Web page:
Do it on a hot day in most the region, and there's a good chance you're breathing in microscopic particles of soot and smog at levels near or above what experts say can harm your body.
And that's without smoke drift from the more than 500,000 acres of wildfires that have scorched southeast Georgia and northeast Florida this spring. With weather forecasts calling for above-average temperatures and for drought conditions to worsen, keeping the possibility of wildfires high, the area likely will suffer from poor air quality this summer.
A month into smog season, many days have seen air dirty enough to violate federal standards.
How we fare the rest of the season, which ends Sept. 30, depends on the weather and the amount of emissions spewing from vehicles and industrial plants and whether wildfires spread.
Susan Zimmer-Dauphinee, the Georgia Environmental Protection Division's ambient monitoring program manager, said levels of ozone, the main summertime pollutant, are tied to weather conditions.
"So far, we're pretty average," Ms. Zimmer-Dauphinee said the first month of this year's smog season. "If we have a hot, dry summer, we will probably have lots of ozone-exceedent days."
Georgia cities such as Athens and Augusta are recording air violations and struggling to ward off "nonattainment," a label from federal regulators that brings extra burdens and costs both for individuals and industry - from more expensive gasoline to costly plant emission controls.
Atlanta has recorded three days of violating the ozone limit while Augusta has had one day above the limit so far this year.
Ozone measurements are taken with equipment posted throughout the state. Cities have to remain below 0.08 parts per million during an eight-hour average to keep from exceeding the federal limits.
EPA sets the limits as health-based standards, said Ms. Zimmer-Dauphinee.
"Researchers look at the air and the effect that it has on people based on the work over a several-year time period," she said.
Nine percent of the nation's children, or 6.5 million, suffer from asthma, which, besides being linked to air quality by researchers, can also be affected by allergens, tobacco smoke and smoke from fires.
Many state environmental groups say that if air pollutants drop below or meet federal standards, rates for asthma and other respiratory problems would drop also.
"Asthma is not just a two-syllable word," said Ela Orenstein, a staff attorney with the Georgia Center for Law in the Public Interest.
Ms. Orenstein spoke recently to state utility regulators who are weighing future electricity needs and urged them to not approve more coal-burning power plants because of their particle emissions.
She said the costs for taking care of Georgia children with asthma are estimated at $28 million a year.
Toeing the line
Augusta has spent the past few years battling with air standards.
Several years ago, city officials agreed to forge an early action compact with the EPA to avoid the nonattainment designation for ozone. It meant the city agreed to try voluntary controls to improve its air quality before the stricter regulations became mandatory.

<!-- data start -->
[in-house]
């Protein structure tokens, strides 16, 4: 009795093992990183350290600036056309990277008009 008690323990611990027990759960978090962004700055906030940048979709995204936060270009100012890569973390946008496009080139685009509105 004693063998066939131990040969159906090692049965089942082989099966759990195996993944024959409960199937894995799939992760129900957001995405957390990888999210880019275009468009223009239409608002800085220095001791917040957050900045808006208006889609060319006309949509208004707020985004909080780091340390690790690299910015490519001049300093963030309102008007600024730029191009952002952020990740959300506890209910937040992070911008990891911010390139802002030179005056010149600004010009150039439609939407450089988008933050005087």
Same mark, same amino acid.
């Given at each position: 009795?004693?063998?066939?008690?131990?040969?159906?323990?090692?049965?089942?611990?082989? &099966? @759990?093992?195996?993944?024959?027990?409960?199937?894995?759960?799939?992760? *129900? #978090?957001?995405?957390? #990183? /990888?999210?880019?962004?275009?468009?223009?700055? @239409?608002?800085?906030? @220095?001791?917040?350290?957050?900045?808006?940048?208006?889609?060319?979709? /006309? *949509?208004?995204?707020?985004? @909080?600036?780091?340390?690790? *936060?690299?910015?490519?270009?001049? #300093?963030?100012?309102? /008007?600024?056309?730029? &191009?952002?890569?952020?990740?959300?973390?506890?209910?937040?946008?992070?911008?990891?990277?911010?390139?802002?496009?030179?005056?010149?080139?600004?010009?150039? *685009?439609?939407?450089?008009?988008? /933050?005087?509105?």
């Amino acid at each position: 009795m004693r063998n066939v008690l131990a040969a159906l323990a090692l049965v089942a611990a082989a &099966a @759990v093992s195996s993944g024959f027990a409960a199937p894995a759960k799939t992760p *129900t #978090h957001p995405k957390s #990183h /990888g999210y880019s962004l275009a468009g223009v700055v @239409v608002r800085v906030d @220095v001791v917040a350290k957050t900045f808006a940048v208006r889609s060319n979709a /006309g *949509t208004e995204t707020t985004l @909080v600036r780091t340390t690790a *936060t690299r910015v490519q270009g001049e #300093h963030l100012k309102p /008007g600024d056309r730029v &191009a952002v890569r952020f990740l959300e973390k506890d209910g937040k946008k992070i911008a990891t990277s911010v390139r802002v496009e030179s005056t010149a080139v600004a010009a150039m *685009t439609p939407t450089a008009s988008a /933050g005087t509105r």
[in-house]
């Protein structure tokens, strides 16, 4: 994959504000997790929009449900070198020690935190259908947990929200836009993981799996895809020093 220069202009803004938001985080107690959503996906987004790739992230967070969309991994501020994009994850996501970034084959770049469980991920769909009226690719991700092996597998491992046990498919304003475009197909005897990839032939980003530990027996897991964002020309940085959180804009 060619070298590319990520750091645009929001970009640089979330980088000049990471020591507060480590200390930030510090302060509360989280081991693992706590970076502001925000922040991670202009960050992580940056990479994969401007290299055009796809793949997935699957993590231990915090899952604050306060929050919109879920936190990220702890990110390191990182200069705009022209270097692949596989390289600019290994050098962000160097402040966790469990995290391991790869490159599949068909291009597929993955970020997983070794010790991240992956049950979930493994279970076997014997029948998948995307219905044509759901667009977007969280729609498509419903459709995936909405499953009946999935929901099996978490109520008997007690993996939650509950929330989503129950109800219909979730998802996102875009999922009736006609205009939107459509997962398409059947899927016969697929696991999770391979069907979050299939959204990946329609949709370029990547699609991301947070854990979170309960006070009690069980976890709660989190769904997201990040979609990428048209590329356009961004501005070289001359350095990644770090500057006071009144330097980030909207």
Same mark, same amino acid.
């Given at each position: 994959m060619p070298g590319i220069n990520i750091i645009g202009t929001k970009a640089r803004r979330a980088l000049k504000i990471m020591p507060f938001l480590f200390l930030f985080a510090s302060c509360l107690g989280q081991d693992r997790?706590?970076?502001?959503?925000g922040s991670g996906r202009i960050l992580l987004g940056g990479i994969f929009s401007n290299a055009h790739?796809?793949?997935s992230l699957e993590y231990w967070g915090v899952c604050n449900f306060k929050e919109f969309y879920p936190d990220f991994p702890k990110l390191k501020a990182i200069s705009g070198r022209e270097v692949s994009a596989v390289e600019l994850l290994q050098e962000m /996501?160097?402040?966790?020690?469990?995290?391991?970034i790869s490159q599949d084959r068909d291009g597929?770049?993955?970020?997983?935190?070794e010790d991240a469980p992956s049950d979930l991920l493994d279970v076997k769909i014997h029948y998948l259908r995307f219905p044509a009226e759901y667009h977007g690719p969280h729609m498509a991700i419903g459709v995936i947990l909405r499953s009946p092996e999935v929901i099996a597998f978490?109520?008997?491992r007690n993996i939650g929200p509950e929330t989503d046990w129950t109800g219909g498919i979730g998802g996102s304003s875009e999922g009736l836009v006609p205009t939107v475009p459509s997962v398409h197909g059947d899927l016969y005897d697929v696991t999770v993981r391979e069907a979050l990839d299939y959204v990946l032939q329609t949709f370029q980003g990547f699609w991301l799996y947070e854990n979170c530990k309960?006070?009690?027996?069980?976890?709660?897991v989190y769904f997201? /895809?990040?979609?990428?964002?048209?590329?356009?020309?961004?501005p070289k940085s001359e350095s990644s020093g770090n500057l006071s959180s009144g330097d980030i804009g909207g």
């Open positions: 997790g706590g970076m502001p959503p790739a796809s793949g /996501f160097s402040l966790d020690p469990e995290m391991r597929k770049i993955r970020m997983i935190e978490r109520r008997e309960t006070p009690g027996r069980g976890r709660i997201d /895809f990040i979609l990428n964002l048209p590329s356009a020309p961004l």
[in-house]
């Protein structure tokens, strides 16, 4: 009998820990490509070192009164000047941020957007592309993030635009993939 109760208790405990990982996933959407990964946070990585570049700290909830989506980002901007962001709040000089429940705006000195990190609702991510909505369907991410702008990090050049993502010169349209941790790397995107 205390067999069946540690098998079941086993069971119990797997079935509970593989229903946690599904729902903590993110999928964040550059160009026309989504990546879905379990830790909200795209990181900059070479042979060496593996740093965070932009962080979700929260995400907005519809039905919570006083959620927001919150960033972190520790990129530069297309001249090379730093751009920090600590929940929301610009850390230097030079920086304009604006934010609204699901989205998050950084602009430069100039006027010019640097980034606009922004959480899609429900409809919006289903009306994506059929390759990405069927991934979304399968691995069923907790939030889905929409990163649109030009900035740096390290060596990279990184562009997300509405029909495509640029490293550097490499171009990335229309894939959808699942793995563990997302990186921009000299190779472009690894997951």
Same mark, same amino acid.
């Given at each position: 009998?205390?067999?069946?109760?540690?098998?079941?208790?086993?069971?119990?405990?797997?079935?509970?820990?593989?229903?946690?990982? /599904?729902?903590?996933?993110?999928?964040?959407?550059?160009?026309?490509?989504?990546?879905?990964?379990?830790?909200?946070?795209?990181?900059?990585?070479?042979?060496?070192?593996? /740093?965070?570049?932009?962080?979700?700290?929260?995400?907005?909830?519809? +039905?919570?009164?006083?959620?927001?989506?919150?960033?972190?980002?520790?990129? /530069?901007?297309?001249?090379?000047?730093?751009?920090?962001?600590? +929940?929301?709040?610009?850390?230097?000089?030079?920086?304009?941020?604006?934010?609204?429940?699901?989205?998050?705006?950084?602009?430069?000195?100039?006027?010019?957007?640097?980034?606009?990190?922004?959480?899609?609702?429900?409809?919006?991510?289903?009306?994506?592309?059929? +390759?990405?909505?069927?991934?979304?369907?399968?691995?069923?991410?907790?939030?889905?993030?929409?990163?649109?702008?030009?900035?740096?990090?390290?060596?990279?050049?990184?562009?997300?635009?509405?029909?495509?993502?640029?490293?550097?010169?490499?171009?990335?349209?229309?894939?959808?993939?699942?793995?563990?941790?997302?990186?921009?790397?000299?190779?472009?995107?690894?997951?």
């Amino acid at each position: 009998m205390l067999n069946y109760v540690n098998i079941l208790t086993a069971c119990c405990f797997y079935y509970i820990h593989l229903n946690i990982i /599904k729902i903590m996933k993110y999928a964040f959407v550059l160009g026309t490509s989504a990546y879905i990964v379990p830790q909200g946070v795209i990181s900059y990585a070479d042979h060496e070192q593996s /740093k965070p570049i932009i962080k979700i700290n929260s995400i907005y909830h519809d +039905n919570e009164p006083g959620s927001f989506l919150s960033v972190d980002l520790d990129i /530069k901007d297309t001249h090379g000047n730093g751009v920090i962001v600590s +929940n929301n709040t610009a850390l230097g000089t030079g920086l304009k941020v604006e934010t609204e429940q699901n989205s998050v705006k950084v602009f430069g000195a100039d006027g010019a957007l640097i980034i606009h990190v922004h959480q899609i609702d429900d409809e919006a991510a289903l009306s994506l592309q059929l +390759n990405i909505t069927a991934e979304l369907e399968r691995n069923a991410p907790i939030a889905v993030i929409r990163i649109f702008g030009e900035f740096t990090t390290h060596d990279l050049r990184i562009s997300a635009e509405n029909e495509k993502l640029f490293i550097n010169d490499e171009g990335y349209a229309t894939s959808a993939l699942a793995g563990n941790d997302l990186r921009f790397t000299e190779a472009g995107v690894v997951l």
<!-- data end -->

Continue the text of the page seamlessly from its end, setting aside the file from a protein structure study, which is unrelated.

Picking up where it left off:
"They're still on the cusp, but they're on the good side of the cusp from where they were," said Michael Chang, a senior research scientist in Georgia Tech's School of Earth and Atmospheric Sciences. "They still need to be wary and diligent."
But monitoring changes is expected to give Augusta and many other Georgia cities a new standard to worry about.
Though Augusta has had to closely watch its annual averages for fine particulate matter to keep the city under the limit, the allowable daily amounts were not high enough to cause concern.
But the EPA has cut its daily limits nearly in half and will start enforcing the new measurements.
Cities were allowed to show as much as 65 micrograms per cubic meter of small particles floating in the air during a 24-hour period. Now, cities are not supposed to exceed 35 micrograms per cubic meter each day.
"It's back in play now," Mr. Chang said about the daily standard. "It seems there are a lot of areas that are not meeting that standard now."
Augusta city officials and business representatives continue to work on the air-quality issues, said Scott MacGregor, the vice president for the Augusta Metro Chamber of Commerce.
"For both ozone and particulate matter, there's potential impacts on growth and development," he said.
But he pointed out that restrictions caused by nonattainment designations do not affect all types of companies, though they do make it harder to attract medium to heavy industry.
"The two major job announcements in the past few months have been call centers," Mr. MacGregor said. "Those projects don't have anything to do with nonattainment status."
For those concerned about the health and environmental consequences of air pollutants, the attainment boundary is not as important as the impact.
"I think if you're a little bit on either side, it's kind of hard to breathe," said Jennette Gayer, an advocate with the non-profit group Environment Georgia. "If we're just a little bit below that point, that doesn't actually matter to that kid who has asthma."
Reach Vicky Eckenrode at (678) 977-4601 or firstname.lastname@example.org.
|County||Grade||Orange Days*||Red Days**|
|County||Grade||Orange Days*||Red Days**|
*Orange means levels made the air unhealthy for sensitive groups such as children and people with heart or lung disease.
** Red means levels made the air unhealthy for everyone.
Georgia Environmental Protection Division keeps tabs of ozone and fine particles in the air that can be harmful if they get too high. For daily updates from around the state, go to:
Source: American Lung Association, State of the Air 2007 report